Imagining Suburban Shared Workspace
The hot, new urban trend of shared workspace—where freelancers and other work-from-anywhere types band together to rent access to cubicles, printers, conference rooms, and break-room chatter—had been slow to gain momentum in the suburbs. But that was before Sleepy Hollow resident Jenifer Ross customized her Tarrytown business, W@tercooler, and brought the trend home.
“Aside from one other co-working space in Hastings, we are the only facility in Westchester,” Ross says. “We combine under one roof all of the various resources that an independent worker needs. Aside from the desk, the WiFi, and the supplies, we also provide the community knowledge-sharing, networking, unexpected collaborations, referral opportunities, and that boosted daily energy that can only come from a shared space.”
In addition, W@tercooler offers an intern program staffed by Sleepy Hollow High School and ES International Academy students, free services for the unemployed every Monday, an established discount program for downtown businesses, and a hub for workshops, presentations, and events like “Reiki for Busy People” and “The Art of the Tattoo” that might, in another time, have taken place in a church basement or a community center.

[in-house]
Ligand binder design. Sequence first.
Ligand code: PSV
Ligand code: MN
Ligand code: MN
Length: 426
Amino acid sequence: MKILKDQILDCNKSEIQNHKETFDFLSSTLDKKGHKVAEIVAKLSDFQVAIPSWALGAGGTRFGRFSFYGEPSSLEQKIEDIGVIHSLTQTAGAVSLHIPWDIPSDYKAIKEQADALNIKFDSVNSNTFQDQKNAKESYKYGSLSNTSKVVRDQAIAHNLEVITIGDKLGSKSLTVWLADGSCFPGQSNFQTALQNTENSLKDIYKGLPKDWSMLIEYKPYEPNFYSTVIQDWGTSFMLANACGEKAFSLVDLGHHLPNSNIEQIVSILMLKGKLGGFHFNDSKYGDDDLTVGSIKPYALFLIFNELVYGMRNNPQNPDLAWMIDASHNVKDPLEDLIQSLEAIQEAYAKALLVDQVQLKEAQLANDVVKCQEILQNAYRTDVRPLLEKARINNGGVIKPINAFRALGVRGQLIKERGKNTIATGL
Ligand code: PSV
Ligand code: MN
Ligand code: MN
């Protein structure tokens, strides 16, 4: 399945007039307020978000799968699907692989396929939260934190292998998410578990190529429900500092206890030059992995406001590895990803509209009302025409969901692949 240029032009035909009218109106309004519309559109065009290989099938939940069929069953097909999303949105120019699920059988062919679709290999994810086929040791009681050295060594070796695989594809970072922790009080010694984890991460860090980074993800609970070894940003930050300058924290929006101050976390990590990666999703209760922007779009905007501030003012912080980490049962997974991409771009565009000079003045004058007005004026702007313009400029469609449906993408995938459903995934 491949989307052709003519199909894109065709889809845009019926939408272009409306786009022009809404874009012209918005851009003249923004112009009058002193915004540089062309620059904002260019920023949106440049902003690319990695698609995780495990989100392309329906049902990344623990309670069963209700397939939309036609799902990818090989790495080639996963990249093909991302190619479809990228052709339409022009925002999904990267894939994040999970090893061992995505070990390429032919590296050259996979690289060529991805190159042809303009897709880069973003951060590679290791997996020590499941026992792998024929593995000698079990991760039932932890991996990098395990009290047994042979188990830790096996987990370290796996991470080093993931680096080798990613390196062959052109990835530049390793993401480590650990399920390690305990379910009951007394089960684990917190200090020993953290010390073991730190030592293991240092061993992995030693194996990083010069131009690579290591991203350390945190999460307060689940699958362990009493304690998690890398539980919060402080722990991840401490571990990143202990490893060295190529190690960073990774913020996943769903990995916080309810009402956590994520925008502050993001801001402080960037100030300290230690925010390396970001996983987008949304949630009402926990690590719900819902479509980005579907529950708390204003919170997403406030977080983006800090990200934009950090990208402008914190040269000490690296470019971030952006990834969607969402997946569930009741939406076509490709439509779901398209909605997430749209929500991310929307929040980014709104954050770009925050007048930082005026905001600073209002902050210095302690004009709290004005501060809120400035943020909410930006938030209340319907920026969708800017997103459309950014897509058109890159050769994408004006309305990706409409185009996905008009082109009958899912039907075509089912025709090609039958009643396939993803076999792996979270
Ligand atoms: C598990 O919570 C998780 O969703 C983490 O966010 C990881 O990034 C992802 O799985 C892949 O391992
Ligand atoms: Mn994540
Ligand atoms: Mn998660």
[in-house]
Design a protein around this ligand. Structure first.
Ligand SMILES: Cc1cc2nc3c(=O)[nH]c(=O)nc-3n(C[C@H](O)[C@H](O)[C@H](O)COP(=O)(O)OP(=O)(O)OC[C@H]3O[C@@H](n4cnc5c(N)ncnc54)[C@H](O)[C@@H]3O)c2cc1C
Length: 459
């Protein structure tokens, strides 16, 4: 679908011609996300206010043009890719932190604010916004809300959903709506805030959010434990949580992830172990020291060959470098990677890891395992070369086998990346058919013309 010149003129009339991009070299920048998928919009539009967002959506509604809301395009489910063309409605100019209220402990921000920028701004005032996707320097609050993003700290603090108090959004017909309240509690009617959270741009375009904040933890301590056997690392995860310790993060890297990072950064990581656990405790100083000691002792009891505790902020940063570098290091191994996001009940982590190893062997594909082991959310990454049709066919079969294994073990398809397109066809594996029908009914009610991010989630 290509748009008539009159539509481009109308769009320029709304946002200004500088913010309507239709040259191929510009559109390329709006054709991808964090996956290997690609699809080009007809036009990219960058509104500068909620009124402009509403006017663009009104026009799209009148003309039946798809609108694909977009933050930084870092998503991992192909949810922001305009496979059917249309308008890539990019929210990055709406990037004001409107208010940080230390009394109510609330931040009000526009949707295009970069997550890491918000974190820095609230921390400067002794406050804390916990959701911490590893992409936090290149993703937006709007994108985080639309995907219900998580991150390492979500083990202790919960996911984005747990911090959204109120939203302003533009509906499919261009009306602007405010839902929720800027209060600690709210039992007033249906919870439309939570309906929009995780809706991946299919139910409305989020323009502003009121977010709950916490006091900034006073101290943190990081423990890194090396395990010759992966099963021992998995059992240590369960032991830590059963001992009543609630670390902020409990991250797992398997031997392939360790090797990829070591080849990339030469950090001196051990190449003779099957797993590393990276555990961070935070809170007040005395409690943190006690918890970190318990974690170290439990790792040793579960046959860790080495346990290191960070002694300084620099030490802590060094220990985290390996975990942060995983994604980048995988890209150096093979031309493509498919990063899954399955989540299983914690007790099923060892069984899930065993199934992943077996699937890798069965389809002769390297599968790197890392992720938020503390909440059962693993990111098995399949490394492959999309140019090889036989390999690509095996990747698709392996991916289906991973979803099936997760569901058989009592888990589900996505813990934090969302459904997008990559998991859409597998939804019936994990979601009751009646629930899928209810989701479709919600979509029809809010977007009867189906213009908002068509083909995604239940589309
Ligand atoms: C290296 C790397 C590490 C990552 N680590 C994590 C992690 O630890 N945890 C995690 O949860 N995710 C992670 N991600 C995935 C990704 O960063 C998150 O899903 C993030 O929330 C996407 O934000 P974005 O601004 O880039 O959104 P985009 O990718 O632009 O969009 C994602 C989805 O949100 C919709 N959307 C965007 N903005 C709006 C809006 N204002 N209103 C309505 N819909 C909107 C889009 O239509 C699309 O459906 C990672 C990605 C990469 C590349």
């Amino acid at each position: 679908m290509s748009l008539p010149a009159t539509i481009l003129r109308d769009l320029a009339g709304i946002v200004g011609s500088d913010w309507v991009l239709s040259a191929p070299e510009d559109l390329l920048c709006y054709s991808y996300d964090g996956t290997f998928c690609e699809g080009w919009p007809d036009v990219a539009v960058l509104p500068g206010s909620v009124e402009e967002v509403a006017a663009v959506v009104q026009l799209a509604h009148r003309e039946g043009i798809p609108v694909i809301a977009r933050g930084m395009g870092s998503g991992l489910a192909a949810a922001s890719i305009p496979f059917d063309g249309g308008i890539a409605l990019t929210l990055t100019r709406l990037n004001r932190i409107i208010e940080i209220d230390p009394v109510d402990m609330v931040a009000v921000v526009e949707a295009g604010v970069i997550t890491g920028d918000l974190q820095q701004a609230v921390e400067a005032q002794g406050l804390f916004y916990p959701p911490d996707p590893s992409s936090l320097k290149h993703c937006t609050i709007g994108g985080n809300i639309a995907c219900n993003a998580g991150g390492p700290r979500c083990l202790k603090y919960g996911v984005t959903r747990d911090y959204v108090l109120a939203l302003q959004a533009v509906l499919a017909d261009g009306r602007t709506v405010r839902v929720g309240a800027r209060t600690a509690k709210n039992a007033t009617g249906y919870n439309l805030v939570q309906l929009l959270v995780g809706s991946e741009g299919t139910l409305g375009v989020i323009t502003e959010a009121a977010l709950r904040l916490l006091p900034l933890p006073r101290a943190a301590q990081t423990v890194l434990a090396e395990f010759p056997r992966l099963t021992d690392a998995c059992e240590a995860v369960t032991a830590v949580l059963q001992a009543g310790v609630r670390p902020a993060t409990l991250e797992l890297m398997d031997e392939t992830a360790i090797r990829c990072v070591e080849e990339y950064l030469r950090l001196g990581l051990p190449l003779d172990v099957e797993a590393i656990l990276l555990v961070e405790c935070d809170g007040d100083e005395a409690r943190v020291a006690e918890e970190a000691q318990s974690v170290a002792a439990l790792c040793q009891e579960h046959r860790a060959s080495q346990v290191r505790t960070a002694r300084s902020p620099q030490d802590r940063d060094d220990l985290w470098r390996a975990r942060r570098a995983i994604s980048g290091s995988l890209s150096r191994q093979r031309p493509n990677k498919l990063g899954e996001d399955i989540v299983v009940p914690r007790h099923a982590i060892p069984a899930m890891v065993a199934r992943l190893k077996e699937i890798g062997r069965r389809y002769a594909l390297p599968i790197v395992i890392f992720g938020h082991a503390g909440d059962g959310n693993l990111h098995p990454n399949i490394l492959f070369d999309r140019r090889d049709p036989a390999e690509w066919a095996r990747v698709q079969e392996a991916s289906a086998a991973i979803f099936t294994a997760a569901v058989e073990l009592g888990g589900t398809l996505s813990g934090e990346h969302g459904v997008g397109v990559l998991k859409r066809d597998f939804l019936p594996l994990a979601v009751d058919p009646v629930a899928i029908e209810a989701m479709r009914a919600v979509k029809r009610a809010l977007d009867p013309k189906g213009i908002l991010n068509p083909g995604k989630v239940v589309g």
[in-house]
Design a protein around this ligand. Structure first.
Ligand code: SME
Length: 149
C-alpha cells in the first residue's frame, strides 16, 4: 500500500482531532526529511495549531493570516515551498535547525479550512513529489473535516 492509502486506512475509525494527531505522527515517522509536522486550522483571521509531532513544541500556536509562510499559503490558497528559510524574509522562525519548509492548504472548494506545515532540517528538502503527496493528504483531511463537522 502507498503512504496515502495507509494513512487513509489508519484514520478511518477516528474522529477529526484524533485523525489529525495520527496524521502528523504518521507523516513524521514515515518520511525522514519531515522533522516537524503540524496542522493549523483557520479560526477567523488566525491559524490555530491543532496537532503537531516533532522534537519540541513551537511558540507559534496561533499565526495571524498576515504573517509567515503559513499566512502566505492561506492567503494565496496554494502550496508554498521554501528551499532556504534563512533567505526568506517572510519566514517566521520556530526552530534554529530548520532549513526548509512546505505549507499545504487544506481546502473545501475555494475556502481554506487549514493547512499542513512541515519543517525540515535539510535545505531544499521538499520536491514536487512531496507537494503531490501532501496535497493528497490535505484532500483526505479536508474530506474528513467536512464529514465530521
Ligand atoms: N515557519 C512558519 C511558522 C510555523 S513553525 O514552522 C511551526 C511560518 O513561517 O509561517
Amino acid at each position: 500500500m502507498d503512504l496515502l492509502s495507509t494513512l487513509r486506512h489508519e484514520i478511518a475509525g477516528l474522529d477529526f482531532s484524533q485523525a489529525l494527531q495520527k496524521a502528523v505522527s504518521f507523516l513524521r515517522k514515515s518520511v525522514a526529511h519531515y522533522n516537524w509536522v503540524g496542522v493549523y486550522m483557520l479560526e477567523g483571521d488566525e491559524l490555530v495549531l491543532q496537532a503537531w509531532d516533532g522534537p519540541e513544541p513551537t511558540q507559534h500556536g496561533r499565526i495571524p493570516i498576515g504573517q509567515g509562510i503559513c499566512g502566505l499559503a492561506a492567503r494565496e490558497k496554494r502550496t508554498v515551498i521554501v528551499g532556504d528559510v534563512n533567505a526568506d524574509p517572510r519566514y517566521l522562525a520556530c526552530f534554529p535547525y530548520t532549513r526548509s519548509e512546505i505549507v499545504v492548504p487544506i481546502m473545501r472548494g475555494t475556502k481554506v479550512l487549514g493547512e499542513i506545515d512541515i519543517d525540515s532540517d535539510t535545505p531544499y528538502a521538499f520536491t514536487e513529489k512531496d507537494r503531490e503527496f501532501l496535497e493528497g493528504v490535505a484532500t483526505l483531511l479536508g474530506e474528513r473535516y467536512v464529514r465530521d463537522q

One year after it opened its doors, W@tercooler has seen growth, signing up 60 members and often filling up the space with conferences and events—and expansion is already on the horizon. Ross wants W@atercooler to become the model for boutique suburban co-working in Westchester, and maybe beyond, and says she is already beginning to look at spaces in White Plains, Ossining, Mount Kisco, and Bronxville based on both investor/partner interest and projected community support.
“It is the new way of working, Ross says. “Keeping it fresh and lively in the ’burbs is essential.”